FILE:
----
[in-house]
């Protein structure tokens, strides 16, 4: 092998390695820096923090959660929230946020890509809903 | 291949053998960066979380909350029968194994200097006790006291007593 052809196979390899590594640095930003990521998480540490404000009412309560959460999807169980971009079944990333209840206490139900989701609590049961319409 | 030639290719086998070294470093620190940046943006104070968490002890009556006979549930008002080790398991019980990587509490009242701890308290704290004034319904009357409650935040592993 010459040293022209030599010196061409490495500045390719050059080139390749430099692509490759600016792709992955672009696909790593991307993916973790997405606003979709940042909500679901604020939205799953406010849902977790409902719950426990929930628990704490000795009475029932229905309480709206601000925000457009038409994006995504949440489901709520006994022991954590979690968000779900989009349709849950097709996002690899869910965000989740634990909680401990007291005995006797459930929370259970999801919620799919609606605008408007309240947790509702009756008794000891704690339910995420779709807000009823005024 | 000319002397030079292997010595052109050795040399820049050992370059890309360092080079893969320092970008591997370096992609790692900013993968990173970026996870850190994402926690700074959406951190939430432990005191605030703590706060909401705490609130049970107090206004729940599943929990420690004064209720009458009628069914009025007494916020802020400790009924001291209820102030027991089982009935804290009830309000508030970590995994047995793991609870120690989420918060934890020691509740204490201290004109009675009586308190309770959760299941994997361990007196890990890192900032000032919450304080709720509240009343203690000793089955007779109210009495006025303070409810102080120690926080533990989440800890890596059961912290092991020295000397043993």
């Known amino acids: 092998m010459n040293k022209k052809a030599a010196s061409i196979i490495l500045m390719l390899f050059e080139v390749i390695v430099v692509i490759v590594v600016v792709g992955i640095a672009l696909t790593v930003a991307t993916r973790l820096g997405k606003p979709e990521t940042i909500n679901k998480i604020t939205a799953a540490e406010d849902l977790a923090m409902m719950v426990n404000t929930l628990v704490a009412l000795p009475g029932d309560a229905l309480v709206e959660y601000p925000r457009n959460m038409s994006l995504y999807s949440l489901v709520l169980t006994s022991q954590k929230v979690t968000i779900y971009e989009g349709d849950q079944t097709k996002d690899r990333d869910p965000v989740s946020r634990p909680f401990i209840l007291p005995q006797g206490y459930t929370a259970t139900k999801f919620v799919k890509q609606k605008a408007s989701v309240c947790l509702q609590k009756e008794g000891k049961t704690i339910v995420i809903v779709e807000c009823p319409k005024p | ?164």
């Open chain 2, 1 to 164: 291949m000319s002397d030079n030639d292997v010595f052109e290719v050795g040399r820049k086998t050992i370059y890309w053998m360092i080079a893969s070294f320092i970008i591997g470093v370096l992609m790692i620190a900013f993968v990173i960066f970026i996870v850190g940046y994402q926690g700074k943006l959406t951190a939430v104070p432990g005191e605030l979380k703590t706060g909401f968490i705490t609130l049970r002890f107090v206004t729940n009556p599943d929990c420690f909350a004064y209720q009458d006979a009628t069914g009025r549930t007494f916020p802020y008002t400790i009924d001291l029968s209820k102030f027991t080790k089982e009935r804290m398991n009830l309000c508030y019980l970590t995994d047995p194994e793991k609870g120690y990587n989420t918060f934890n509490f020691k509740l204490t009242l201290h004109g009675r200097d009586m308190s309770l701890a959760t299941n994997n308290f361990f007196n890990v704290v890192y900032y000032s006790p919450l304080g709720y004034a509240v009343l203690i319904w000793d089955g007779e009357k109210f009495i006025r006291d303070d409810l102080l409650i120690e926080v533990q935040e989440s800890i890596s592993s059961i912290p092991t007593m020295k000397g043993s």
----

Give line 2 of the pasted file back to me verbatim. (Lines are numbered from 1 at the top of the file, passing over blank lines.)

């Protein structure tokens, strides 16, 4: 092998390695820096923090959660929230946020890509809903 | 291949053998960066979380909350029968194994200097006790006291007593 052809196979390899590594640095930003990521998480540490404000009412309560959460999807169980971009079944990333209840206490139900989701609590049961319409 | 030639290719086998070294470093620190940046943006104070968490002890009556006979549930008002080790398991019980990587509490009242701890308290704290004034319904009357409650935040592993 010459040293022209030599010196061409490495500045390719050059080139390749430099692509490759600016792709992955672009696909790593991307993916973790997405606003979709940042909500679901604020939205799953406010849902977790409902719950426990929930628990704490000795009475029932229905309480709206601000925000457009038409994006995504949440489901709520006994022991954590979690968000779900989009349709849950097709996002690899869910965000989740634990909680401990007291005995006797459930929370259970999801919620799919609606605008408007309240947790509702009756008794000891704690339910995420779709807000009823005024 | 000319002397030079292997010595052109050795040399820049050992370059890309360092080079893969320092970008591997370096992609790692900013993968990173970026996870850190994402926690700074959406951190939430432990005191605030703590706060909401705490609130049970107090206004729940599943929990420690004064209720009458009628069914009025007494916020802020400790009924001291209820102030027991089982009935804290009830309000508030970590995994047995793991609870120690989420918060934890020691509740204490201290004109009675009586308190309770959760299941994997361990007196890990890192900032000032919450304080709720509240009343203690000793089955007779109210009495006025303070409810102080120690926080533990989440800890890596059961912290092991020295000397043993």